I have been on a project, unfortunately in advocating on behalf of my team, I have made a lot of people feel I am not a good team player. The project was very successful and has benefited lots of people; however the relationships are not the same since the completion of this project. It has been about a year and I have apologized for my mistakes, however I am not sure the team would want to work with me or at least I don’t get that feeling. I have learned that relationships are more important to me, however how do I do both, do what is right and maintain relationships? I would love your input? Signed Confrontations, Female, age 40.
Dear Confrontations, relationships and work can be a volatile mix. As a manager with over thirty years of experience on all sides of the teamwork issue, I have some thoughts for you. But first let me congratulate you on looking out for the greater good of your company by doing what is “right.” Here are some thoughts for you to consider.
- As to the past, the fact that you apologized indicates that you recognize that you will do things differently the next time and that you have sensitivity toward the people your actions impacted. This is all good. Some people will have longer memories than others and they will be waiting to see how you perform the next time. That will be your opportunity to prove that you have learned and grown as a person and a team player.
- For the future, you have the opportunity to demonstrate what you have learned. Be proud of the fact that you can do what is right even in the face of resistance and continue to do so. Your further opportunity is to perhaps change the way you interact with others when under stress and in conflict. You can accomplish this by recognizing that a critical human need is one of being understood and appreciated for who we are. No matter how tense a situation becomes, remember this point and communicate accordingly. Keep the issue about the issue and not the people. Use communication skills such as How to Fight Fair, Expressing and Owning Feelings and other techniques we recommend for couples. Yes, these were written for couples but the techniques apply to any relationship. And they work in business. It is often not what you say but how you say it that determines how it will be received.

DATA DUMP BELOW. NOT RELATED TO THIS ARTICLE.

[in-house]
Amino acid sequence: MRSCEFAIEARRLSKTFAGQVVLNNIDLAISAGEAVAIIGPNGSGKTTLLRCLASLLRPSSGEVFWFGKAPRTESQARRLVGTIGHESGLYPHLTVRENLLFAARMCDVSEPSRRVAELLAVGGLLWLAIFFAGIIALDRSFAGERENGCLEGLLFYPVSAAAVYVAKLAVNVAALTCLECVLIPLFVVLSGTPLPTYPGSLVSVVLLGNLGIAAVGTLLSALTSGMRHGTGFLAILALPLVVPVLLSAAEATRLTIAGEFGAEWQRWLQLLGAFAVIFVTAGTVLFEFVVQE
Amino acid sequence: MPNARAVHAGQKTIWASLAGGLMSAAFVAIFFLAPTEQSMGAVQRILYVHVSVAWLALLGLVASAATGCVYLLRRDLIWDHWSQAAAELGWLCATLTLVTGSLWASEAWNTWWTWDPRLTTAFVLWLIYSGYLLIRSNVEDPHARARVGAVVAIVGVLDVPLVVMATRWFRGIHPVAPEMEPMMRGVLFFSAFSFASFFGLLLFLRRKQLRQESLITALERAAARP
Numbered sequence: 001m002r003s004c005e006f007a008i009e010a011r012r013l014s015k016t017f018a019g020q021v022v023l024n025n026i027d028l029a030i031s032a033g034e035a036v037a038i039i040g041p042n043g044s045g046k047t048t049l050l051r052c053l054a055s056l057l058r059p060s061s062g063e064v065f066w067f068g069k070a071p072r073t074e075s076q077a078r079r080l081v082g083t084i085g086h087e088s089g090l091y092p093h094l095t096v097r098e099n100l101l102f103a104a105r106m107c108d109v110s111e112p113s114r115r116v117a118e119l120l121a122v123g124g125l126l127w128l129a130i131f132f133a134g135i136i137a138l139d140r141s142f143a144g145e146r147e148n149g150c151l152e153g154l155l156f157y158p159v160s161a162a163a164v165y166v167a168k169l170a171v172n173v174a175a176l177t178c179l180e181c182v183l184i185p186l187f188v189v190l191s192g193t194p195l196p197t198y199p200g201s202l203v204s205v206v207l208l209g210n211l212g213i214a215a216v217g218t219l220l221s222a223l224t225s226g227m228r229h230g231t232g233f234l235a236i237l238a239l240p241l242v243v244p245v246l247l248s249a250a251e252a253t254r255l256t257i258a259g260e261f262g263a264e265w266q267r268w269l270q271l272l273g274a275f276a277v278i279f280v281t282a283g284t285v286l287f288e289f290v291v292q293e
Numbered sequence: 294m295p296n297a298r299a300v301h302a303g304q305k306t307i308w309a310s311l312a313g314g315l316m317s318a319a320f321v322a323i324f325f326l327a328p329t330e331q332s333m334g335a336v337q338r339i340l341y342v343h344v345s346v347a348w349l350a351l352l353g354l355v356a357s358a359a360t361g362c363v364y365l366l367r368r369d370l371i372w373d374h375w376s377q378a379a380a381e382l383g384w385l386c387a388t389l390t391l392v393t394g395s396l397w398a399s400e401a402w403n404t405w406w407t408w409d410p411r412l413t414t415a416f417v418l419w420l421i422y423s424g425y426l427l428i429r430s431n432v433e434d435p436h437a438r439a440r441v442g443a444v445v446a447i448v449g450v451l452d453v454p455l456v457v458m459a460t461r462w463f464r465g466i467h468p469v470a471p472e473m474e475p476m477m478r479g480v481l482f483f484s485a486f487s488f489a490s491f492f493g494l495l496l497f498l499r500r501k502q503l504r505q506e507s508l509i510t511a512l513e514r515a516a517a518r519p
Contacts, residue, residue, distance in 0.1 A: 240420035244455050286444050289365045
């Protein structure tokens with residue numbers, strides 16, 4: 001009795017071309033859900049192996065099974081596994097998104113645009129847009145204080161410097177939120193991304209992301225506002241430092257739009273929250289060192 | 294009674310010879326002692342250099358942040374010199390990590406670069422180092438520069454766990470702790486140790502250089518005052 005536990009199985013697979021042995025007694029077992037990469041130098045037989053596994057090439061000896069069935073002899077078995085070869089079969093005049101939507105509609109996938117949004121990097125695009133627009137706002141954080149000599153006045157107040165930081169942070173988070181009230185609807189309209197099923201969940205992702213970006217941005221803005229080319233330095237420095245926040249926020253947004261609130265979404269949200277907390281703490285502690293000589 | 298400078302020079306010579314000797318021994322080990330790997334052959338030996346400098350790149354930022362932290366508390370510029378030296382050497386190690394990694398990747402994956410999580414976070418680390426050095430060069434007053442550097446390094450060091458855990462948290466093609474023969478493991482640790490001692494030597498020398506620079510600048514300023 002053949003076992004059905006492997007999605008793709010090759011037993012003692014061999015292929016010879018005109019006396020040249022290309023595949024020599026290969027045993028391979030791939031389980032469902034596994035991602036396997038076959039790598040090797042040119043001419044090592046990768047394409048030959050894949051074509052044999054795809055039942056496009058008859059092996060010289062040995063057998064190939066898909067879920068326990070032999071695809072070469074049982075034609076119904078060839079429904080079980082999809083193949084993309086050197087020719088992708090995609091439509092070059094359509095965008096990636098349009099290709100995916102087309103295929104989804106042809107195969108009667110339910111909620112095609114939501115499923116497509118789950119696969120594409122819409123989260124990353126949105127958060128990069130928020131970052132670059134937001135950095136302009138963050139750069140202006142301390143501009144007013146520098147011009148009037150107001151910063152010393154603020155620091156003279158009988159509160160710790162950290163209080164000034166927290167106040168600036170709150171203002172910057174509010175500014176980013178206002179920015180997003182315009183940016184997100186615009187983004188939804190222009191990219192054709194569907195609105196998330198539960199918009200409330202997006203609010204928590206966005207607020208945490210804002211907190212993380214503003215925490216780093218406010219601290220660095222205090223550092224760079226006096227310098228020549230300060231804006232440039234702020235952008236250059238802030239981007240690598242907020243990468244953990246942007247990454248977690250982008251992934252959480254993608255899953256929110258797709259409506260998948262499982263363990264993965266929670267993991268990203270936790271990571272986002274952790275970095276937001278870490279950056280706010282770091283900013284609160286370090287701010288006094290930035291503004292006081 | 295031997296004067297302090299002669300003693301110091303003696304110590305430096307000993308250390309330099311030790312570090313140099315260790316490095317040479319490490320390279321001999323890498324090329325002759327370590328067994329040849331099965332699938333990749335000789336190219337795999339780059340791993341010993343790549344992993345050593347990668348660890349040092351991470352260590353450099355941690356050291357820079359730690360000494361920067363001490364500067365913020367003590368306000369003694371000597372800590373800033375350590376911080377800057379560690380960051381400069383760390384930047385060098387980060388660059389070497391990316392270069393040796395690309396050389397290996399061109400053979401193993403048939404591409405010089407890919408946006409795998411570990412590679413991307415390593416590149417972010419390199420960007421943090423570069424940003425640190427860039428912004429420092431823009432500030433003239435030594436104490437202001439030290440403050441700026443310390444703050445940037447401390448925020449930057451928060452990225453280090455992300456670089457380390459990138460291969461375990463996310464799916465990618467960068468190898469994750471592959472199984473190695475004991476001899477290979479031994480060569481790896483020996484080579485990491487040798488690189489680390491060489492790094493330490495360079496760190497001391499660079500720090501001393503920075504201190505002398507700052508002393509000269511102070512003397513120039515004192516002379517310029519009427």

- In cases of conflict try to move into a Problem Solving mode to engage everyone who is involved in a search for solutions rather than into conflict. Questions and statements such as the following can make a big difference. “How can we work together to solve this problem? I am willing to_____.”
- Consider starting projects with brainstorming sessions for the team to answer questions such as: “What are the project objectives? What are the measures of success for this project? What are our team objectives? What is the right thing to do in this situation?” This activity will help build consensus and explore the issues and opportunities associated with the project.
- Sometimes doing the right thing requires a change in relationships. Management especially have to be careful not to allow friendships get in the way of the greater good of the organization. That is a price to be paid.
- Pick your battles carefully. Fight for what must be won but try to get your team on your side with problem solving methods. Save your ammunition for those things that won’t otherwise be accomplished.
- Conduct yourself in a businesslike and professional manner at all times, practice good communication, be respectful yet confident, demonstrate your ability to get along well with others, and your relationships should improve. Just don’t sacrifice your principles and values.
- Understand that there may be several definitions of what is “right.” Be open to that and invite appropriate discussion.
At the very least, your co-workers should recognize that you have the best interests of the organization in your heart. You are to be commended for that.
Please understand you have free will. This advice is given only in the realm of personal growth and self-help. This is not to be considered a substitute for therapy or professional counseling. We wish you well.